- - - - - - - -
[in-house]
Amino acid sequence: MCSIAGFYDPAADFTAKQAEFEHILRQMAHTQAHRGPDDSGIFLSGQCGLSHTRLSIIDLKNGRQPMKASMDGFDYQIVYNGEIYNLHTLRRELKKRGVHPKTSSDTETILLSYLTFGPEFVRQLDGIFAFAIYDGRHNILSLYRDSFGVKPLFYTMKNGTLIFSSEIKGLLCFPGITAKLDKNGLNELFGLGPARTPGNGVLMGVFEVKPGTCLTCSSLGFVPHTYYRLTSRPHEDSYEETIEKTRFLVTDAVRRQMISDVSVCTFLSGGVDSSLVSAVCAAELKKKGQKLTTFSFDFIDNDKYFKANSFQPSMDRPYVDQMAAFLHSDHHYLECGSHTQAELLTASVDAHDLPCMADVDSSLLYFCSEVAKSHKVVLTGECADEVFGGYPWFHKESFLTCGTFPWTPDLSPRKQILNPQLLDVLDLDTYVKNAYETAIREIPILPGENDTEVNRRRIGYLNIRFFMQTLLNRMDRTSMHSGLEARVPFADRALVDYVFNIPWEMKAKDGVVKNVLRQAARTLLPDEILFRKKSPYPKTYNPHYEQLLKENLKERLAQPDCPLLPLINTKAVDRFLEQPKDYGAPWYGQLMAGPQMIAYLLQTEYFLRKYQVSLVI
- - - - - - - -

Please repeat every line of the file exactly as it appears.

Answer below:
[in-house]
Amino acid sequence: MCSIAGFYDPAADFTAKQAEFEHILRQMAHTQAHRGPDDSGIFLSGQCGLSHTRLSIIDLKNGRQPMKASMDGFDYQIVYNGEIYNLHTLRRELKKRGVHPKTSSDTETILLSYLTFGPEFVRQLDGIFAFAIYDGRHNILSLYRDSFGVKPLFYTMKNGTLIFSSEIKGLLCFPGITAKLDKNGLNELFGLGPARTPGNGVLMGVFEVKPGTCLTCSSLGFVPHTYYRLTSRPHEDSYEETIEKTRFLVTDAVRRQMISDVSVCTFLSGGVDSSLVSAVCAAELKKKGQKLTTFSFDFIDNDKYFKANSFQPSMDRPYVDQMAAFLHSDHHYLECGSHTQAELLTASVDAHDLPCMADVDSSLLYFCSEVAKSHKVVLTGECADEVFGGYPWFHKESFLTCGTFPWTPDLSPRKQILNPQLLDVLDLDTYVKNAYETAIREIPILPGENDTEVNRRRIGYLNIRFFMQTLLNRMDRTSMHSGLEARVPFADRALVDYVFNIPWEMKAKDGVVKNVLRQAARTLLPDEILFRKKSPYPKTYNPHYEQLLKENLKERLAQPDCPLLPLINTKAVDRFLEQPKDYGAPWYGQLMAGPQMIAYLLQTEYFLRKYQVSLVI